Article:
Even prior to our final, sixth day of fishing on this seven day voyage the consistency of our success was becoming somewhat surreal. In the beginning I laid out a strategy of what, why, and how then followed through to the letter. It doesn't happen this way too often. Typically we find ourselves adjusting the original plan due to any variety of changes that throw a wrench in the works; such is the nature of fishing. Then, once in a blue moon, everything seems to fall perfectly into place doing a fantastic job of making us look like we know what we are doing. I'll let all of you decide on that one. Of late I have to admit that there have been some pretty convincing examples.
Our final morning of prospecting actually looked as if the bubble was set to burst as we took a track off the beaten path pushing our recent fortune to the limit. It didn't work at all. Finding ourselves in left field by a wide margin I figured it was time blow the carbon out of the exhaust and execute a twenty mile jump in relatively short order. The old saying "he who hesitates is lost" definitely applied. In doing so we went from a obviously fishless ocean to a stretch that somewhat mirrored a set of conditions about six weeks ago. I have made plenty of mention of late about the six fishing sense and such and again this notion applied. As we rolled into this different zone it had that distinct fishy feel I know so well. I knew we were going to find a school; without a doubt. Again I mentioned such to my right hand man Chief Engineer Sean Bickel. And again, not five minutes later, there it was.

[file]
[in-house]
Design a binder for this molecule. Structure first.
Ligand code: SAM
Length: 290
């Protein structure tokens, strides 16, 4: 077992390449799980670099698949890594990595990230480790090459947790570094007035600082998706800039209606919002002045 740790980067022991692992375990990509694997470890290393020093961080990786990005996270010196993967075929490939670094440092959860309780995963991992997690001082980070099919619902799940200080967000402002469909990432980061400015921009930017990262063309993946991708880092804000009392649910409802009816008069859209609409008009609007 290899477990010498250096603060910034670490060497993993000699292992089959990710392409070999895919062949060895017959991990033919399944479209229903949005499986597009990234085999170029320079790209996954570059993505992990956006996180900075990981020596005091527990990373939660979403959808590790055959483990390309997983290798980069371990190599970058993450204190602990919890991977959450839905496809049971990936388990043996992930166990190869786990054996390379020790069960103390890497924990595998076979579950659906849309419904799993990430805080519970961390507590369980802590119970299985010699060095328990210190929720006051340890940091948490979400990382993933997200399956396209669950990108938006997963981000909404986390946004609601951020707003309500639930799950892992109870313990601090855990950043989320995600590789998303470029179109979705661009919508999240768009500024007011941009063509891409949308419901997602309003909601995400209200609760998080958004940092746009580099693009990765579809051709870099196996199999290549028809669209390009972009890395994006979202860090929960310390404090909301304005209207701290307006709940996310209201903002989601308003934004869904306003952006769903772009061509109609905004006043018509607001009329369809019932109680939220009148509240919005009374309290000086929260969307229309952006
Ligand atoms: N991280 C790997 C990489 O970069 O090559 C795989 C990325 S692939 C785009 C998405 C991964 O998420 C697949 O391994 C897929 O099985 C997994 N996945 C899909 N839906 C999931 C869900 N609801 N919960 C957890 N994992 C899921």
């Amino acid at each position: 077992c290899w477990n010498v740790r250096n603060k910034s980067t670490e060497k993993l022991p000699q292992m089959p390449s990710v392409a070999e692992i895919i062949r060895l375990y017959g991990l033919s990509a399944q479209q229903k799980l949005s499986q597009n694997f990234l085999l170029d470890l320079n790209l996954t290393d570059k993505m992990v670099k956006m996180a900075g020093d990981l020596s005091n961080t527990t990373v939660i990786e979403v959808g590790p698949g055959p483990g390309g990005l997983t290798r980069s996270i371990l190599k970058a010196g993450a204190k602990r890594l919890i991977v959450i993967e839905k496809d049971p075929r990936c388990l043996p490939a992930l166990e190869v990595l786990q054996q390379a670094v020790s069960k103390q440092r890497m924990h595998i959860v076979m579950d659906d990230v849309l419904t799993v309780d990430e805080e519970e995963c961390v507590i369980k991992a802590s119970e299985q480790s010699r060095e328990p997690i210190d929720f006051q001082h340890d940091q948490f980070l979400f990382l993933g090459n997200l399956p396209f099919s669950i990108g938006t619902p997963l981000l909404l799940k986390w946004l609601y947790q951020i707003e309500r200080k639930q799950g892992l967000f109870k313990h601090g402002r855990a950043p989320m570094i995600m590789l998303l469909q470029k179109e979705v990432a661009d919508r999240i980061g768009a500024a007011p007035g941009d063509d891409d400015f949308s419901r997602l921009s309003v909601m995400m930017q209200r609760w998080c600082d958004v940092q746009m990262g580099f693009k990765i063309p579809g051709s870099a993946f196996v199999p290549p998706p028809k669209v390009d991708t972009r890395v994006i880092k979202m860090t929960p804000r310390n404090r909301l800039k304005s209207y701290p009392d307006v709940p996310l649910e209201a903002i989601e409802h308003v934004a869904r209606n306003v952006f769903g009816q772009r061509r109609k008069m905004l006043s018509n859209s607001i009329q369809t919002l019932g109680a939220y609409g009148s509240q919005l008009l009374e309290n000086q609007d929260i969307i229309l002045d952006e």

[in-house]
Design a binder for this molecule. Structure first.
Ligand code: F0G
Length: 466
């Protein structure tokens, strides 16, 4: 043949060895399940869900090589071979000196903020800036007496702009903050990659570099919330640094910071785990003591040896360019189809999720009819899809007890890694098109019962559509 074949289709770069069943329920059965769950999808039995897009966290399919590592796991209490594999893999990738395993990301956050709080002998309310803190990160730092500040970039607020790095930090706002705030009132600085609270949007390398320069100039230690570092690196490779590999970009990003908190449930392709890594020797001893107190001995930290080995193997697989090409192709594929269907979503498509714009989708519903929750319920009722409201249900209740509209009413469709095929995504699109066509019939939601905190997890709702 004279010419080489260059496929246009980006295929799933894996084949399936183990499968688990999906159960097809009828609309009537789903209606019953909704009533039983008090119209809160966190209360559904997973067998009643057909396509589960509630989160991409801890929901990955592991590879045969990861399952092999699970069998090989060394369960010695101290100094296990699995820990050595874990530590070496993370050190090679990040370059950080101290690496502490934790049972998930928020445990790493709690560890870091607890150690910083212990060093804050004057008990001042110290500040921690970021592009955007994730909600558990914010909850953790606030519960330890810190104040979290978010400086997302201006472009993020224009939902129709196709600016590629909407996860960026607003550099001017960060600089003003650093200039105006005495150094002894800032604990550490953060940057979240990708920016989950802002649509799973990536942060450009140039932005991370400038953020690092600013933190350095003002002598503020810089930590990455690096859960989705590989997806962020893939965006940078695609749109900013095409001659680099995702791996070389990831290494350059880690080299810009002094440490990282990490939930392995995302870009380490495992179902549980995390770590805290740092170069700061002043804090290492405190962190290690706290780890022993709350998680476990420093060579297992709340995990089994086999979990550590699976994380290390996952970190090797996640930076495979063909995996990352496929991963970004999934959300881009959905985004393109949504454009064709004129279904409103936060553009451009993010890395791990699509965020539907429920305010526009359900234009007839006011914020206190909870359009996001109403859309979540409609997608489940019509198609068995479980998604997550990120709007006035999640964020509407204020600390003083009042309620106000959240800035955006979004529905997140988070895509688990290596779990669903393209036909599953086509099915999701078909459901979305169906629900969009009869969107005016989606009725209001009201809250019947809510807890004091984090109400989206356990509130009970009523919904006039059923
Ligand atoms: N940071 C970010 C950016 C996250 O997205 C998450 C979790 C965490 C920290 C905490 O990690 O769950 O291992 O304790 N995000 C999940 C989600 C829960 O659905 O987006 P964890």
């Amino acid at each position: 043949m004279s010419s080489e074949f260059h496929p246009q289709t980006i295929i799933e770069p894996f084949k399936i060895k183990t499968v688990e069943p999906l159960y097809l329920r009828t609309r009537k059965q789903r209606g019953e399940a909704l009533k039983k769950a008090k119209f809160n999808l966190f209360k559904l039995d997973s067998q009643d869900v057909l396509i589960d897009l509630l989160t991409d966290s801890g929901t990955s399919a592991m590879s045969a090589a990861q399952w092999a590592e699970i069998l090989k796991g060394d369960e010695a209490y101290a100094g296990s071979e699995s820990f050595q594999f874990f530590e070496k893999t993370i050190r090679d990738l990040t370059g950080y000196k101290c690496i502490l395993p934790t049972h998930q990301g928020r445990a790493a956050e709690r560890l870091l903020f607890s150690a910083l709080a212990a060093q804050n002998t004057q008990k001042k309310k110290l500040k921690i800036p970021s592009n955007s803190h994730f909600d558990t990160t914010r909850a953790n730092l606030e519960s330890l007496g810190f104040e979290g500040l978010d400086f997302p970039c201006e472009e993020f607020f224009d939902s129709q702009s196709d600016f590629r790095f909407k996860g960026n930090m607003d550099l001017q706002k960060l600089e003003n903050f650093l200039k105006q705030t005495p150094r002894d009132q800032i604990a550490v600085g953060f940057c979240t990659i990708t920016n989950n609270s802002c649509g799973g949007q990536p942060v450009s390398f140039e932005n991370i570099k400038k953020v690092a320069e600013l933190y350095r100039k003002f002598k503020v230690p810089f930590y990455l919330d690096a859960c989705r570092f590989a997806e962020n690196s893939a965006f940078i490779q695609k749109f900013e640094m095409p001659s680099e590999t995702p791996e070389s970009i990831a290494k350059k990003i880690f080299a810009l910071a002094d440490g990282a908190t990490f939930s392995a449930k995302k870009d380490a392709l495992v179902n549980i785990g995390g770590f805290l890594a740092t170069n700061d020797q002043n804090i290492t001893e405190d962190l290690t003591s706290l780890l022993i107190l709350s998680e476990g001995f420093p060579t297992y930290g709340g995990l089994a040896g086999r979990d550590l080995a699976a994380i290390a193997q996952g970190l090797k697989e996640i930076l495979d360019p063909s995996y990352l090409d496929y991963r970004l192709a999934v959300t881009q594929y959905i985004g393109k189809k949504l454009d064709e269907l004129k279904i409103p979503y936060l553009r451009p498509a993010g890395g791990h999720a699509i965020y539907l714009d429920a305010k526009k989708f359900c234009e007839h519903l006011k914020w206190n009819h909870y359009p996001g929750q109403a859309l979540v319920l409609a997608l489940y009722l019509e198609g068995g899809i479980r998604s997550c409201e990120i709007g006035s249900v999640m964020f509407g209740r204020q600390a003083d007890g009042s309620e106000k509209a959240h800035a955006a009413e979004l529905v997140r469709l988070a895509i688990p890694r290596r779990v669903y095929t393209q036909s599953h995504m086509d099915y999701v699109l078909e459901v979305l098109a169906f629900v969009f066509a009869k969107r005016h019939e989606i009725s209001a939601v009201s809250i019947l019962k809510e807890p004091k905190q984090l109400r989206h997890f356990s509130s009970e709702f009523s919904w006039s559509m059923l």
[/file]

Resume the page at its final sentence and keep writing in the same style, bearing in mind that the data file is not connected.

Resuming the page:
A few picking terns were the tip off. As we approached a spread out area of flips and jumpers revealed exactly what we were looking for. When we did get on them wow did they bite. It was game on. Fifteen to twenty two pound yellowfin with a few standout twenty five's was the grade and these anglers were well prepped for action by the long morning fishless morning. Suffice to say we loaded up from the "aquarium style" opportunity that featured hundreds of fish plowing through the corner the entire time. It was a fantastic closing round to put the finishing touch on a voyage of epic proportions. Quantity, quality, in a big way, and variety fulfilled to perfection. Throw in flat calm weather for seven days, and six days of fishing time out of seven days total, and the picture is complete.
Now it is time to return anew as Captain Toussaint resumes command departing tomorrow on our annual Baja Fish Gear seven day voyage. The stage for success is definitely set as another seasoned group of anglers joins Randy and our crew in search of a repeat or better. Meanwhile I remain on the beach to join "Rock Cod" Rick Maxa on Let's Talk Hookup Sunday morning. Between this voyage and the upcoming fall season no doubt we'll have plenty to talk about.
Photo today features long time Royal Star veteran Brett Merrill and crewman Paul Caramao with Brett's first trophy Guadalupe yellowfin. I'll send a few more full resolution photos from the home front tomorrow. Have a fine weekend!